To genotype and subgenotype a large number of HBV isolates in this study (440 isolates), we have utilized the sequence diversity of the preS2 sequence. We have shown previously that the sequence of the preS2 region—which is more variable than the S region, perhaps because it is subject to fewer functional constraints —can be used for reliable HBV/B and HBV/C subgenotyping on the basis of a set of diagnostic SNPs [34]. These diagnostic SNPs were determined from preS2 sequences of HBV isolates subgenotyped by phylogenetic analysis of whole genome sequences [34]. Additional diagnostic sites were identified from the 24 new whole genome sequences (Table 2). Thus, this study confirmed the usefulness of diagnostic SNPs of the preS2 sequence, particularly for analysis of large samples.

The results of our study provide the first direct evidence that the distribution of HBV genotypes/subgenotypes in the Indonesian archipelago is related to the ethnic origins of its populations. The genetic clustering of the ethnic populations of Indonesia has been defined as part of a recent large study on the genetic diversity of Asia by The HUGO Pan-Asian SNP Consortium [52]. The clustering is consistent with the ethnolinguistic structure of the Asian populations investigated [54]. Except for Papua, most of the ethnic populations of Indonesia are speakers of languages belonging to the Austronesian linguistic family. Our finding that HBV/B is the predominant genotype in the Indonesian archipelago, except in Papua and Papuan-influenced neighboring populations of Moluccas, where HBV/C was predominant, suggests that HBV/B is specifically associated with the Austronesian speakers, whereas HBV/C is the major genotype in Papua.

Of particular significance with respect to the origin of the ethnic populations is the association between the observed HBV/B subgenotypes and the linguistic subgroups of the Austronesian speakers. There are three Austronesian language subgroups in the Southeast Asian archipelago [4, 54]: Western Malayo-Polynesian (WMP; Sumatra, Java, Kalimantan, Sulawesi and the western islands of Nusa Tenggara), Central Malayo-Polynesian (CMP; the eastern islands of Nusa Tenggara and southern Moluccas) and South Halmahera West New Guinea (SHWNG). HBV/B3 is the major subgenotype in the Austronesian WMP speakers of the western half of Indonesia, whereas unique HBV/B subgenotypes—B7, B8, and B9—were observed in the populations of East Nusa Tenggara islands belonging to the Austronesian CMP linguistic subgroup.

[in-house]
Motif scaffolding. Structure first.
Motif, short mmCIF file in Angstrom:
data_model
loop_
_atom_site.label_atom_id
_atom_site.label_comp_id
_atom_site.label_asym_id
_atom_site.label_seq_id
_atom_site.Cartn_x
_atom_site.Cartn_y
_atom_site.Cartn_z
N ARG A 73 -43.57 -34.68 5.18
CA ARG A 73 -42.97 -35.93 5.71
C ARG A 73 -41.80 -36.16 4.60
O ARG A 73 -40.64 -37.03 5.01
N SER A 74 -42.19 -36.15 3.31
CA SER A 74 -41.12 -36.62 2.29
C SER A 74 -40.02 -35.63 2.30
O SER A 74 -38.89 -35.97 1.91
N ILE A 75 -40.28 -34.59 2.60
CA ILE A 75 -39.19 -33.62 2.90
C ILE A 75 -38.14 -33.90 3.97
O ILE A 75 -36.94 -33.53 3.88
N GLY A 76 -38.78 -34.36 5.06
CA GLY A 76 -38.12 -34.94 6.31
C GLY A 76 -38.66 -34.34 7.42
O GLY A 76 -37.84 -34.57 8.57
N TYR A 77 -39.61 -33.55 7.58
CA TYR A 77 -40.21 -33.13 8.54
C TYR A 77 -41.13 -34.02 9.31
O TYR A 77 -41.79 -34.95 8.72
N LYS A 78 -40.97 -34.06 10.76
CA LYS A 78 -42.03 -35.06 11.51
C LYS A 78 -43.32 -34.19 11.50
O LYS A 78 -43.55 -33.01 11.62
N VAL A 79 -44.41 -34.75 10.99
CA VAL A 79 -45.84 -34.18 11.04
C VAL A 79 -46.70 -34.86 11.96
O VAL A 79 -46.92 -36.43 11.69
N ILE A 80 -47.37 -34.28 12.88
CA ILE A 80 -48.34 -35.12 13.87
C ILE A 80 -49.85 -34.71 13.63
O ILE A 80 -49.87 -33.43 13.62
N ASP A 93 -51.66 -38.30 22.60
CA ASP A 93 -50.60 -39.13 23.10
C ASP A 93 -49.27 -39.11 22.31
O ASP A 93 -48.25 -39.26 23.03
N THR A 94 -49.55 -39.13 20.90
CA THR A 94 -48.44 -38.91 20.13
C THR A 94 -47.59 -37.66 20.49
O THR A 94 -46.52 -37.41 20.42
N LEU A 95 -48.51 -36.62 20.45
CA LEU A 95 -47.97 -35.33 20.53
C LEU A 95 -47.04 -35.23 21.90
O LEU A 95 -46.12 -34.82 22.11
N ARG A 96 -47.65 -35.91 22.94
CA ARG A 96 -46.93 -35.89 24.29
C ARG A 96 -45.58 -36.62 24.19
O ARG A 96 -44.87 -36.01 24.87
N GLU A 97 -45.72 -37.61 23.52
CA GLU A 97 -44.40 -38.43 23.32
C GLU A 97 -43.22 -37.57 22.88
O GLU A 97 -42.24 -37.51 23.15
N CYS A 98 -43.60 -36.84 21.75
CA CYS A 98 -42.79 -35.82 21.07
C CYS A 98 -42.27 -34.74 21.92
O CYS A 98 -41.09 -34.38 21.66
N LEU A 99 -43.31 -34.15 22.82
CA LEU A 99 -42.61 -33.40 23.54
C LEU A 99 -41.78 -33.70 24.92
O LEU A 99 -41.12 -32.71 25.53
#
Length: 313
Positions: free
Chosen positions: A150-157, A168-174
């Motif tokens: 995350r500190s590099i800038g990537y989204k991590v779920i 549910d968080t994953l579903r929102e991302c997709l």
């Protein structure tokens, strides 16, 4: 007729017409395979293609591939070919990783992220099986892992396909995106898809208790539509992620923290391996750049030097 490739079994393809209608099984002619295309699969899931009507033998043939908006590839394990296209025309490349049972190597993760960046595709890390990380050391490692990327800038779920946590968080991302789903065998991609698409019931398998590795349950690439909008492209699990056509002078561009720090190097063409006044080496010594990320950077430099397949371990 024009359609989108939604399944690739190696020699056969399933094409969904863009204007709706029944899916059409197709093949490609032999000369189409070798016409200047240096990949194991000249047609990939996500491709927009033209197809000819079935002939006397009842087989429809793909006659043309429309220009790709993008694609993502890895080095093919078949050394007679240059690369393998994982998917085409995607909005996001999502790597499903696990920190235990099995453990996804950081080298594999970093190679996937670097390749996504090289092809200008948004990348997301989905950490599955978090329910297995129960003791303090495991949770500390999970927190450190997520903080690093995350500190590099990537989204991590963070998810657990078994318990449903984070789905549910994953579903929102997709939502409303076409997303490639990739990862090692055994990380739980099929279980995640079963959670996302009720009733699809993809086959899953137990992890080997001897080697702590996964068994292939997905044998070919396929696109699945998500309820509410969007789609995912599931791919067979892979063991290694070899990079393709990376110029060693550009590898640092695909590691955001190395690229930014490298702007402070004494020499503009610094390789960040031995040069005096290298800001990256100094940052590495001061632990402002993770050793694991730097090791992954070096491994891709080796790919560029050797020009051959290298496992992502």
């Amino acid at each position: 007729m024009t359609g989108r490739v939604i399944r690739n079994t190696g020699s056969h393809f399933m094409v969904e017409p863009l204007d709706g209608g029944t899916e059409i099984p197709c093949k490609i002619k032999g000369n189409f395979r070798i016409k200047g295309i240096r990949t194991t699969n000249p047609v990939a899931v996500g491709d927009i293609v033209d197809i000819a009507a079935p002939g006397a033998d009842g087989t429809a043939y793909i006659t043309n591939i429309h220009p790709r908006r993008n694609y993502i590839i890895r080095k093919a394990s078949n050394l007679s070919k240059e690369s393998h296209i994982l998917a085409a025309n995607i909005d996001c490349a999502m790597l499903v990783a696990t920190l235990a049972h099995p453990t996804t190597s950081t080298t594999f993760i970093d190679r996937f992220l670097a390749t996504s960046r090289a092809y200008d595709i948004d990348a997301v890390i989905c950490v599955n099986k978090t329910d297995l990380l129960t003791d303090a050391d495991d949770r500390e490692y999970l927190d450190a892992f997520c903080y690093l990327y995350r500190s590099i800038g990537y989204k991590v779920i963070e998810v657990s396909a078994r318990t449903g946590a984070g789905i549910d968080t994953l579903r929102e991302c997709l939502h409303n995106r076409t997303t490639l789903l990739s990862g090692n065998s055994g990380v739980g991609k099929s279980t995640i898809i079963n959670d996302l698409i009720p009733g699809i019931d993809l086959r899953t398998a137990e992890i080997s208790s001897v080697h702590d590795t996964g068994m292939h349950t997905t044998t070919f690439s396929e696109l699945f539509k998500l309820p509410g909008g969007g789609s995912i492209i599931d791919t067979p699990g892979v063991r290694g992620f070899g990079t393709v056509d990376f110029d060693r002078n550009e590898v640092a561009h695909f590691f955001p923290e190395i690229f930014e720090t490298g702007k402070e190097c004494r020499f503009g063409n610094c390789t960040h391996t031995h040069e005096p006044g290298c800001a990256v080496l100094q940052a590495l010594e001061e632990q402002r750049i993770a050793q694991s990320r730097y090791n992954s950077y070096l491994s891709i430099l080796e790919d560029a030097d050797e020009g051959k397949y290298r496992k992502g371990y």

The observation of HBV/B subgenotypes that are unique to the Indonesian ethnic populations and their distribution following the ethnolinguistic structure of the populations suggests that it is unlikely that these subgenotypes have been introduced in recent times. Rather, the result indicates that the origin of HBV distribution is associated with the ancient migratory events involved in the peopling of the archipelago. Archaeological and anthropological findings indicate that there were two major migratory events associated with the peopling of the Indonesian archipelago: the first occurred some 60,000 years before present (yBP) with the earliest arrival of modern humans in their continuing migration from Africa to Papua and Australia, while the second occurred around 3000–5,000 yBP as part of the diaspora of Austronesian-language-speaking populations [3, 11]. The Austronesian speakers replaced and perhaps assimilated most of the original Austromelanoid populations, but in the island of Papua New Guinea, the populations originating from the initial peopling event some 50,000 years earlier remain isolated, separated by extreme geographical features. The long isolation is reflected by the fact that there are more than 1,000 distinct languages spoken on the island, belonging to three language families [6, 7], in addition to the Austronesian languages spoken by the coastal populations.